Thursday, June 24, 2004

Police Brutality in Compton?

I saw a video clip on Hannity and Colmes last night. An alleged auto thief attempts to elude police pursuit. Finally, abandoning the stolen vehicle, he takes off on foot with the cops in hot pursuit. Seeing that he cannot out run the police, the black individual stops and surrenders, raising his arms. He is then tackled by the lead cop and held face-down on the ground. Another officer rushes up and kicks him in the face. A third begins beating him on the head with a metal flashlight about eleven times. Sean Hannity, commenting on the action, remarked that the weapon wasn't a big stick. True, but it was a big flashlight. It appeared to be a Mag-Lite like the one I own. With three size 'D' batteries installed, such a flashlight is quite hefty and a serious weapon indeed.

Judging from the video clip alone, I would say that this is a case of police brutality. The man had clearly surrendered. He was brought to the ground and held there, and in such a way that even if he had a weapon in his waist band he could not have reached for it. He could have been cuffed at that point. The kicking and the flashlight beating were wholly unnecessary to bring him into submission.

Compare this case to the recent one in Cincinatti where a monstrously obese black man raised a ruckus in a restaurant and then attacked the police that were called to the scene. The Cincinatti man fought with the cops and refused to submit. So they clubbed him into submission, and rightly so. They were simply enforcing the law, and there was nothing in the video clip that suggested that any of the police actions were unnecessary. The black man later died, most likely due to overexertion in his morbidly obese condition. For a different view, go here.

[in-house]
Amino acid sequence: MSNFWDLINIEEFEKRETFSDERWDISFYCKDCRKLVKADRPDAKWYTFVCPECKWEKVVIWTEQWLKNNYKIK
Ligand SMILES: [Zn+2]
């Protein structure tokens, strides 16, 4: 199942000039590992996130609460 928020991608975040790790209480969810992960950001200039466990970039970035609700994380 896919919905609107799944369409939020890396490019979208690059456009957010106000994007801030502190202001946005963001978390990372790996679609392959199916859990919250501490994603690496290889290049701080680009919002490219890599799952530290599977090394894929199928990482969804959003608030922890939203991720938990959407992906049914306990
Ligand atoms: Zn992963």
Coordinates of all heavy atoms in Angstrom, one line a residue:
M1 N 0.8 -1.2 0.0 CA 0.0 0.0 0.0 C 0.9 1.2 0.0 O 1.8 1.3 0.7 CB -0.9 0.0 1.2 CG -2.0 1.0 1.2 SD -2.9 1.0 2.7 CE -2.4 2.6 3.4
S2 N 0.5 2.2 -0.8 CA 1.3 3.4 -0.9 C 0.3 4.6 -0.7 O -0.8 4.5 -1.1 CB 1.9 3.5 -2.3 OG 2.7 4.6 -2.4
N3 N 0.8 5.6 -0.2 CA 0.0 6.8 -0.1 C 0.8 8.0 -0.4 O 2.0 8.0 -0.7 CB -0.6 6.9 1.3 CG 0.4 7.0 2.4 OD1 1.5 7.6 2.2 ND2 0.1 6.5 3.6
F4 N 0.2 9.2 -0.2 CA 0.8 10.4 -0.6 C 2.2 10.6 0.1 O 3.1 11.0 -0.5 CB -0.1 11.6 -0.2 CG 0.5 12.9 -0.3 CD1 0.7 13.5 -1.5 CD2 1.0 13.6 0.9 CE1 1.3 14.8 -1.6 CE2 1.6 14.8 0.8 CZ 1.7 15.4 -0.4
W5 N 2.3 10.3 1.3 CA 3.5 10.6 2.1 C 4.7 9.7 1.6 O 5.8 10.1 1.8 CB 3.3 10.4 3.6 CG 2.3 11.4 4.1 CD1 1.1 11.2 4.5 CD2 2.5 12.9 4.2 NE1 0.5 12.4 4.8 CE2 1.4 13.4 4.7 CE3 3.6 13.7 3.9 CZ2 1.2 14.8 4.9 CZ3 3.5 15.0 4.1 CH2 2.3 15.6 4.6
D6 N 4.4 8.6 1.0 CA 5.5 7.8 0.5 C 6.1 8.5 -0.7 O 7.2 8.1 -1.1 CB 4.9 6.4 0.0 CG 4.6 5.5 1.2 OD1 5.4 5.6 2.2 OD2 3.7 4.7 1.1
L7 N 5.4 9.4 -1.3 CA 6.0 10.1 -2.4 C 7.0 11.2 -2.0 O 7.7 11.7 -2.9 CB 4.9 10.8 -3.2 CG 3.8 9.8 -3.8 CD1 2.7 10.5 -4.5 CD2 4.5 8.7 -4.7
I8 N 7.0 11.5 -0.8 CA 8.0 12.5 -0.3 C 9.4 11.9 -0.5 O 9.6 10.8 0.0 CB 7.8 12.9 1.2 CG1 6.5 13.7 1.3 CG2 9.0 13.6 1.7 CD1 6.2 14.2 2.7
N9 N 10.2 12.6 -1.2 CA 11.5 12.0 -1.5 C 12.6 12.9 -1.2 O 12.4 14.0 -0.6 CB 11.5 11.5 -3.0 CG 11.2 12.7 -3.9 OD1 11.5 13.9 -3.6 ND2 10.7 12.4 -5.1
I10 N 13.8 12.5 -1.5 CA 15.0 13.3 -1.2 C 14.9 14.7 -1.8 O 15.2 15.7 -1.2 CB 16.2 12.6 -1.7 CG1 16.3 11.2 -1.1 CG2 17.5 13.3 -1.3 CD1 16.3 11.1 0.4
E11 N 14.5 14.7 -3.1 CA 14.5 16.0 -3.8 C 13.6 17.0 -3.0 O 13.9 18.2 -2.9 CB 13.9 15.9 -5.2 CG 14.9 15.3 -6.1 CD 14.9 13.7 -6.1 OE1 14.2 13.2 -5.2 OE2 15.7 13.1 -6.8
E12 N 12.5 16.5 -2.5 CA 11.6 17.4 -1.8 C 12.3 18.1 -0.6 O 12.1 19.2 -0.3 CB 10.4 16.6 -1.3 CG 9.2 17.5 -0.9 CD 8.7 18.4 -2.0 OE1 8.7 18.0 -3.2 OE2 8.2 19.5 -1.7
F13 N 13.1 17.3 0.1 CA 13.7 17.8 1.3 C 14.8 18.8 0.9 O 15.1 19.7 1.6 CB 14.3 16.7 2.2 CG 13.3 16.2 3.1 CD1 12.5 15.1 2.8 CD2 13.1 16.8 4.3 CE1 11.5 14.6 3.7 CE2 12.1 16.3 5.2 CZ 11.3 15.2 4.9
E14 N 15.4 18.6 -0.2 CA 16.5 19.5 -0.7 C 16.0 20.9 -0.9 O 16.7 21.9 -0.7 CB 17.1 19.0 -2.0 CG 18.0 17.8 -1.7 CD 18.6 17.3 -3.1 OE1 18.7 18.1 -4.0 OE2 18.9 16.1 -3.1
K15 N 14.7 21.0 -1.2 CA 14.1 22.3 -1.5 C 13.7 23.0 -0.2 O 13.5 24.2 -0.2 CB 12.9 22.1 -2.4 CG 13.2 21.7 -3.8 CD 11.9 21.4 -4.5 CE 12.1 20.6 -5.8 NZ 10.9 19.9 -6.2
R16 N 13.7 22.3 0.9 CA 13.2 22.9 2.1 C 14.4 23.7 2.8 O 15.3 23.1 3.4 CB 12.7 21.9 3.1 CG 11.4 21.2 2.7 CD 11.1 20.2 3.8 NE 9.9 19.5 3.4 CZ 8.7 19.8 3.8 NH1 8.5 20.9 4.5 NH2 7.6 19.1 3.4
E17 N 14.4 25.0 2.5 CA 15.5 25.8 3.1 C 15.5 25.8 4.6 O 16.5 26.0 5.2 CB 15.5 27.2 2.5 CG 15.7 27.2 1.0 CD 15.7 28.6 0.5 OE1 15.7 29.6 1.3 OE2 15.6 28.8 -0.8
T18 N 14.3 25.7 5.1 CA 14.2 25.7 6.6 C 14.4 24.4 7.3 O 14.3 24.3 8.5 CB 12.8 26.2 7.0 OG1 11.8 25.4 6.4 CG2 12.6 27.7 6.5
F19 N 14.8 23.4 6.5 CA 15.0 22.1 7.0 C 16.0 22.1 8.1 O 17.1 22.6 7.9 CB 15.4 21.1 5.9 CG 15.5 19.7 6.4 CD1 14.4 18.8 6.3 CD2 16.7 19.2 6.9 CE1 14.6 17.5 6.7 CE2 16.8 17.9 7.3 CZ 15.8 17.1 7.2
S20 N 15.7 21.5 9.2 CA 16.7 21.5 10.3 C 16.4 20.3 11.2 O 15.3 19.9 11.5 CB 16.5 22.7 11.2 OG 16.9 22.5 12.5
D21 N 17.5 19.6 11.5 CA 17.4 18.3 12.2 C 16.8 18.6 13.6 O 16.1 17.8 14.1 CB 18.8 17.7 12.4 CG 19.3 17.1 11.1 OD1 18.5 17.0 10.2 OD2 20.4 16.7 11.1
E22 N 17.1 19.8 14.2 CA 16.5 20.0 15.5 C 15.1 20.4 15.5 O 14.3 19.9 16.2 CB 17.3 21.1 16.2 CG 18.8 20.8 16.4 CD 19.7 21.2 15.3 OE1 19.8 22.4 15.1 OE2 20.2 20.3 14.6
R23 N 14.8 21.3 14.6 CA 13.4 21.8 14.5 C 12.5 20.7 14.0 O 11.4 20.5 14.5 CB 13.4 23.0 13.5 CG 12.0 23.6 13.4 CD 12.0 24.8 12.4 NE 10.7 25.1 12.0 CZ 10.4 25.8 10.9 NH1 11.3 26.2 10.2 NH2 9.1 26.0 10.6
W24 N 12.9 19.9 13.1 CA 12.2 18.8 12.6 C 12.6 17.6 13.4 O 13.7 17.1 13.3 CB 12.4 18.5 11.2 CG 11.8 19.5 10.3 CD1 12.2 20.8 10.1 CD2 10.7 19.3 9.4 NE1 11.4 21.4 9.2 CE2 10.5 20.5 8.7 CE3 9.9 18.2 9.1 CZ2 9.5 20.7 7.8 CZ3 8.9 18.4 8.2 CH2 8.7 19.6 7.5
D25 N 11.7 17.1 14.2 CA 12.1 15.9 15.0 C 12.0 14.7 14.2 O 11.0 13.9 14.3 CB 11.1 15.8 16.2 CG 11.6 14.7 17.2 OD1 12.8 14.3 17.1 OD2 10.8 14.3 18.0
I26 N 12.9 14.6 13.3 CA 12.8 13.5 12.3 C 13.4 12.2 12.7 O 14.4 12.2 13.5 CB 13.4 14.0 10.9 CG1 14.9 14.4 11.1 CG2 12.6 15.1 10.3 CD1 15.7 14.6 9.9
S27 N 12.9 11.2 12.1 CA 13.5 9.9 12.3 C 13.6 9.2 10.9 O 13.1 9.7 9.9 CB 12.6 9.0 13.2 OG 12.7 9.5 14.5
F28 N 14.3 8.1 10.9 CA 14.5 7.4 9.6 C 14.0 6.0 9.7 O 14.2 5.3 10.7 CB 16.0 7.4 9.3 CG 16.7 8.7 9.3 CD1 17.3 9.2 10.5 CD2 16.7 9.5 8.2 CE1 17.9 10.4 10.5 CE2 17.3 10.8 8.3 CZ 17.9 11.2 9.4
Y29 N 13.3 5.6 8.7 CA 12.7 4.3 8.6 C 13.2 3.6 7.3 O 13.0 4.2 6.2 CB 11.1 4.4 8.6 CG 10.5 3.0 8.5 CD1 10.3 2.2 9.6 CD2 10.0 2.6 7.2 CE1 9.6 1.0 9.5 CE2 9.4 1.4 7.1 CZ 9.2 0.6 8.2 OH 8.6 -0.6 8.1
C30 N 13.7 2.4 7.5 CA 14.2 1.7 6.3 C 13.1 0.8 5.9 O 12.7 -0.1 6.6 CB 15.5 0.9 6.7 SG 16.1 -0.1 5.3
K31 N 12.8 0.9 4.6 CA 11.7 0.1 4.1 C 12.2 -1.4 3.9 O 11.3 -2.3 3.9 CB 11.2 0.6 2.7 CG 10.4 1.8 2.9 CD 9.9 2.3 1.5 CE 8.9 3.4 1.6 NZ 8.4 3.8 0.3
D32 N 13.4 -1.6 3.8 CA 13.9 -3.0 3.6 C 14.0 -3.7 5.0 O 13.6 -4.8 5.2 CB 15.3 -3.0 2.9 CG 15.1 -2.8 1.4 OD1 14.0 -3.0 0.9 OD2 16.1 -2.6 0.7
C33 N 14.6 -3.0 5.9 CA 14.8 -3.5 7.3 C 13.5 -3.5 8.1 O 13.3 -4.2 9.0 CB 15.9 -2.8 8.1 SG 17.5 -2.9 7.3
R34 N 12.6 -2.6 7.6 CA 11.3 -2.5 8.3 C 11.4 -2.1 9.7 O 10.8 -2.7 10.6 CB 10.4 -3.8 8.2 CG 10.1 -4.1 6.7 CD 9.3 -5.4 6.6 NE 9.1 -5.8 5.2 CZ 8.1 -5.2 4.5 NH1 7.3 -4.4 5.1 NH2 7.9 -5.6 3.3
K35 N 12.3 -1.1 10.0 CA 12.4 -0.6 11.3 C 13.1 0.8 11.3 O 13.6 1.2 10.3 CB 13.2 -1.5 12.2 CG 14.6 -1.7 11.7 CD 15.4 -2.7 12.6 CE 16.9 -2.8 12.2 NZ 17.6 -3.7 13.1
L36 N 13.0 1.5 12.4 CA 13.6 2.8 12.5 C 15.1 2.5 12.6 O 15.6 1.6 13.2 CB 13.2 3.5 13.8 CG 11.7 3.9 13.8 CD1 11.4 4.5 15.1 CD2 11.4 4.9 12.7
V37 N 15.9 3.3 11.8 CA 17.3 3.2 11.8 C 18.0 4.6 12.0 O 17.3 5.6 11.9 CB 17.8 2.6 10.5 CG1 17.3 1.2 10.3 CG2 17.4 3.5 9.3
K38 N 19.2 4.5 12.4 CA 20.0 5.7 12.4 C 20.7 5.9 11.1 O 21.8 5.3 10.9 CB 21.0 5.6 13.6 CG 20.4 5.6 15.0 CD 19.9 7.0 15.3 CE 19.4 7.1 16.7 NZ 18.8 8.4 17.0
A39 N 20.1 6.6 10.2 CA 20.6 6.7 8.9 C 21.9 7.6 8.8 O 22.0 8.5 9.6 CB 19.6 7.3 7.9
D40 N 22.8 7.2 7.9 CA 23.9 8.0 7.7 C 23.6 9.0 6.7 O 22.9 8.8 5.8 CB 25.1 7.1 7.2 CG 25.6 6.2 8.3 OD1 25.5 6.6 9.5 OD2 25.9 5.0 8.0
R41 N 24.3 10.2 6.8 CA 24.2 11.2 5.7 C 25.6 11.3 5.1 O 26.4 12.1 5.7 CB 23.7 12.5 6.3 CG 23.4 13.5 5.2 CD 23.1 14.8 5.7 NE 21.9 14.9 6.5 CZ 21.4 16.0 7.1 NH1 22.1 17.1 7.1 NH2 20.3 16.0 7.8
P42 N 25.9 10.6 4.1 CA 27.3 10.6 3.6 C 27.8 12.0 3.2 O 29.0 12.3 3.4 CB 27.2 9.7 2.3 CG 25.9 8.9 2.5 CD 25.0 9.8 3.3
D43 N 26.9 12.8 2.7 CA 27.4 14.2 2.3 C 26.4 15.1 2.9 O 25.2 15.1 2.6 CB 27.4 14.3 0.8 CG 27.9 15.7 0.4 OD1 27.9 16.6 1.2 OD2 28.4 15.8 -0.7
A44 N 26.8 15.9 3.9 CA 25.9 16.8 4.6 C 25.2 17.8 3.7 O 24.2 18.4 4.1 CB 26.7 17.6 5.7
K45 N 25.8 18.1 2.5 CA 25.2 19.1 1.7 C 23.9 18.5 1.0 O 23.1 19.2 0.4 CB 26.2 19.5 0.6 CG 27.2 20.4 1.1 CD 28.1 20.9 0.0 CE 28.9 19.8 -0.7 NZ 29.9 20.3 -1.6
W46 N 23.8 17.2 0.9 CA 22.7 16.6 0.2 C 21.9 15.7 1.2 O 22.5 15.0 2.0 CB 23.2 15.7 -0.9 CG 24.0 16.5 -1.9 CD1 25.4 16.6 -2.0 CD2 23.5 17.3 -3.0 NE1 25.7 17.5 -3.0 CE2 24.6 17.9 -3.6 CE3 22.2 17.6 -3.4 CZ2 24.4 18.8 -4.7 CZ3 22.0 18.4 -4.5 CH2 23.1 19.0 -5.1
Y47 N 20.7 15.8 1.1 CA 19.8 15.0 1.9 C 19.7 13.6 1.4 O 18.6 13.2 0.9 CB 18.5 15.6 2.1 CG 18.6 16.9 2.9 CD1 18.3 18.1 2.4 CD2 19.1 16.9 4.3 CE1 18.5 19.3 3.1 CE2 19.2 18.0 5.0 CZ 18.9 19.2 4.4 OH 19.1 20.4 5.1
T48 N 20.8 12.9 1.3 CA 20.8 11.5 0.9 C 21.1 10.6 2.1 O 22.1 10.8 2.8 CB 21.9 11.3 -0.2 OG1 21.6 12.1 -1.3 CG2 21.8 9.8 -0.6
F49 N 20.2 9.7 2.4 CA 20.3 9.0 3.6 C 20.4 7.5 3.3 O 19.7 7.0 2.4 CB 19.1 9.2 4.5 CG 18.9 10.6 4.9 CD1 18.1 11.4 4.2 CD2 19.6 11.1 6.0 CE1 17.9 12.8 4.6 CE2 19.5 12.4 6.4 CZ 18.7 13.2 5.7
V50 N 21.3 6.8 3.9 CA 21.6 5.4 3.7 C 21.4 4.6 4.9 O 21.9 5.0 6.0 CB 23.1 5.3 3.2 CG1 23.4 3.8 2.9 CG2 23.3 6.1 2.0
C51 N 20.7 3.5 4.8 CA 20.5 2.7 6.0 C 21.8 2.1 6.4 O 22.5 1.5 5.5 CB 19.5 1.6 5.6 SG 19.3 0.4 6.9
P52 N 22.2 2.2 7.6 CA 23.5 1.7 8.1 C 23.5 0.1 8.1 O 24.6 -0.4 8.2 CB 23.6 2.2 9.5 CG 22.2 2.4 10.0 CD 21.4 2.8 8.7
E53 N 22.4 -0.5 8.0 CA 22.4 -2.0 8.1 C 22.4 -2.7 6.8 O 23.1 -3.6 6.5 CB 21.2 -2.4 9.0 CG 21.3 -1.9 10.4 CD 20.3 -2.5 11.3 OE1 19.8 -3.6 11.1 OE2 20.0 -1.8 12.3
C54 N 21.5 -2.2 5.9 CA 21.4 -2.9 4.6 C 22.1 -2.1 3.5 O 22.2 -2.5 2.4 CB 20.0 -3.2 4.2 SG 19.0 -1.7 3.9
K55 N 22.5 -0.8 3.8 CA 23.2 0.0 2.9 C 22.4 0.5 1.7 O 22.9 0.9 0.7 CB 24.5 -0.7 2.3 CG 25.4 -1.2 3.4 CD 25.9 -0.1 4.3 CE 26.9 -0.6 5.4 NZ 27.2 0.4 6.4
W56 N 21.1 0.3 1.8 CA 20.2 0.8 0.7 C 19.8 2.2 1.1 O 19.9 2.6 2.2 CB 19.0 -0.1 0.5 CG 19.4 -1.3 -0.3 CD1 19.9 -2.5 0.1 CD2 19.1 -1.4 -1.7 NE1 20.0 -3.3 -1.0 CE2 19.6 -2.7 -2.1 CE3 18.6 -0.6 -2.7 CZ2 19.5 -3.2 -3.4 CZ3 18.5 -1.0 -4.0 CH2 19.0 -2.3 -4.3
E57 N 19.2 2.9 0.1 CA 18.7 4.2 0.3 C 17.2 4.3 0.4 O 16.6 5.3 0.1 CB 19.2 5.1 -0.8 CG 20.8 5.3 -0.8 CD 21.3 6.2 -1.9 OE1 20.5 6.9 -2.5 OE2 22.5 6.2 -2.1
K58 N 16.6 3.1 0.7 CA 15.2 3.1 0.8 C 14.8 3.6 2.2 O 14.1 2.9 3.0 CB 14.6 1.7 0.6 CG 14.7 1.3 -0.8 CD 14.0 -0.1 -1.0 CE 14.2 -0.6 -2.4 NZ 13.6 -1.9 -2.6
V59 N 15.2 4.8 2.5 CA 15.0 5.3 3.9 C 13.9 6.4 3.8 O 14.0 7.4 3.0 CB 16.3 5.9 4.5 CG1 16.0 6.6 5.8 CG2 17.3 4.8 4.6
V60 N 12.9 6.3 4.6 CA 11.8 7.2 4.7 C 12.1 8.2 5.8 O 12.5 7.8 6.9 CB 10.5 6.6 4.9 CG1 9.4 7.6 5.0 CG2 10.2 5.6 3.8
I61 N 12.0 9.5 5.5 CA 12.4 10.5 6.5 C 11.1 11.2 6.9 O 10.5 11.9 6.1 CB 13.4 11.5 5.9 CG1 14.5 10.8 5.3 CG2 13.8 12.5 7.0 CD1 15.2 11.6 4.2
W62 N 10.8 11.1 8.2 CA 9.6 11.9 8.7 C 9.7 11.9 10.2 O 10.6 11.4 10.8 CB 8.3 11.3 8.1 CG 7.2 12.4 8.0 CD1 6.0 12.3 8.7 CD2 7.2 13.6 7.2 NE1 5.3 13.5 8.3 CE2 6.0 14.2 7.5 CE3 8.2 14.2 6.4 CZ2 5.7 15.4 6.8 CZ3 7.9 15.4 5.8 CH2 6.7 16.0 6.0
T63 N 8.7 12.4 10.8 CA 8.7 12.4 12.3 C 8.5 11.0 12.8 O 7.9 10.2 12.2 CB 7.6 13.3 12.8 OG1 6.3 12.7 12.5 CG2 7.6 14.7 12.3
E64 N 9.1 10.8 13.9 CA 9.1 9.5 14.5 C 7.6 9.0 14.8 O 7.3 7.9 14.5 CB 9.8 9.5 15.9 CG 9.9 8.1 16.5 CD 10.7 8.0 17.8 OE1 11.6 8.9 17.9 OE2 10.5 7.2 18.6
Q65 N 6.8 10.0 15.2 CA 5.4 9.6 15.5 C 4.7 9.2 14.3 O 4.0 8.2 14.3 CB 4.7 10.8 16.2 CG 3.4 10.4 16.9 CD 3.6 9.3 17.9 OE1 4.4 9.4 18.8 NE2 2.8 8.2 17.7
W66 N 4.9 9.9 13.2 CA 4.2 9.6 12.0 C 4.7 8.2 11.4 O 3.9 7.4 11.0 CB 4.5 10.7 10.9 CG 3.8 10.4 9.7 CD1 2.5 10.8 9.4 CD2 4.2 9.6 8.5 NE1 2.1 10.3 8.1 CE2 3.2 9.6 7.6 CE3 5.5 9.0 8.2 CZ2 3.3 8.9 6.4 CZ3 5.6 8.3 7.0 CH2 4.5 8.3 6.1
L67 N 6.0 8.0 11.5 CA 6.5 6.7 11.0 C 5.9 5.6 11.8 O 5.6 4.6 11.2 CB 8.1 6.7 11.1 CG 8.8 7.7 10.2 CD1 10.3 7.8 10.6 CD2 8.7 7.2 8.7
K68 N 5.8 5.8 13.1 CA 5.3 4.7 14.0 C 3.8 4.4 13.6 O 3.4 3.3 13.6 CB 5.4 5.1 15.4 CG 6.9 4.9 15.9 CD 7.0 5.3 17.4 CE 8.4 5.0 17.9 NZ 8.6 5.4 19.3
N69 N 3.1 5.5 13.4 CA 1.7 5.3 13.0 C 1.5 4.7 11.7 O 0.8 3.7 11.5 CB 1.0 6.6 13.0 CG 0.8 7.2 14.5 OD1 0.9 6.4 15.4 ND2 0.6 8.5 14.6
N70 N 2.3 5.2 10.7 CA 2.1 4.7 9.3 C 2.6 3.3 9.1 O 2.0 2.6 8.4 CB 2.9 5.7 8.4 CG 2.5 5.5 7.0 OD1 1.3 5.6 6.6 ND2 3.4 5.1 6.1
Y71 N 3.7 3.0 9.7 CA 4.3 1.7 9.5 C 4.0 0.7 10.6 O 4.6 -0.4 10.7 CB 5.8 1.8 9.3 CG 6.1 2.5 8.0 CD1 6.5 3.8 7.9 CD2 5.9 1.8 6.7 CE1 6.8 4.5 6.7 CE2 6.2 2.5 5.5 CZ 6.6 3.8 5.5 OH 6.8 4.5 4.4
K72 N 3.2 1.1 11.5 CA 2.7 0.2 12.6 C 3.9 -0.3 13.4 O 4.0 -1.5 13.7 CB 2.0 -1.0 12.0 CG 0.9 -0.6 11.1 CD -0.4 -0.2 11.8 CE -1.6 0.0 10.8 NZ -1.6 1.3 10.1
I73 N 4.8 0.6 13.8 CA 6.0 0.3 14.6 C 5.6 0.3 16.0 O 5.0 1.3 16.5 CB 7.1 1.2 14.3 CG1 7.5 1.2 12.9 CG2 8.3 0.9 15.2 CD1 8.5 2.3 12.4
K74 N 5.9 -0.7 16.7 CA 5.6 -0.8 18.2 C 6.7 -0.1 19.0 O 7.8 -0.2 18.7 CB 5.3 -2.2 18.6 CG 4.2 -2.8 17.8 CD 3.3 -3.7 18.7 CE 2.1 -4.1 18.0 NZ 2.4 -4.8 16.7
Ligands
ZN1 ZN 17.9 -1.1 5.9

I would say that anyone who cannot see the difference between these two cases is a blind partisan.

Comparisons of the Compton beating with the Rodney King case are perhaps inevitable. But there is a crucial difference: King, unlike the Compton man, refused to submit. Had he gone prone, and had the beating continued, then Stacy Koons (what a name!) and the boys would have been in the wrong. But 'motorist' King refused to surrender and chose to fight with a band of armed men, thereby demonstrating the intelligence that has become his trademark.

There are two truths that need to be appreciated and balanced one against the other. (1) A thin blue line separates social order from social chaos. (2) The enforcers of that order are not above the law.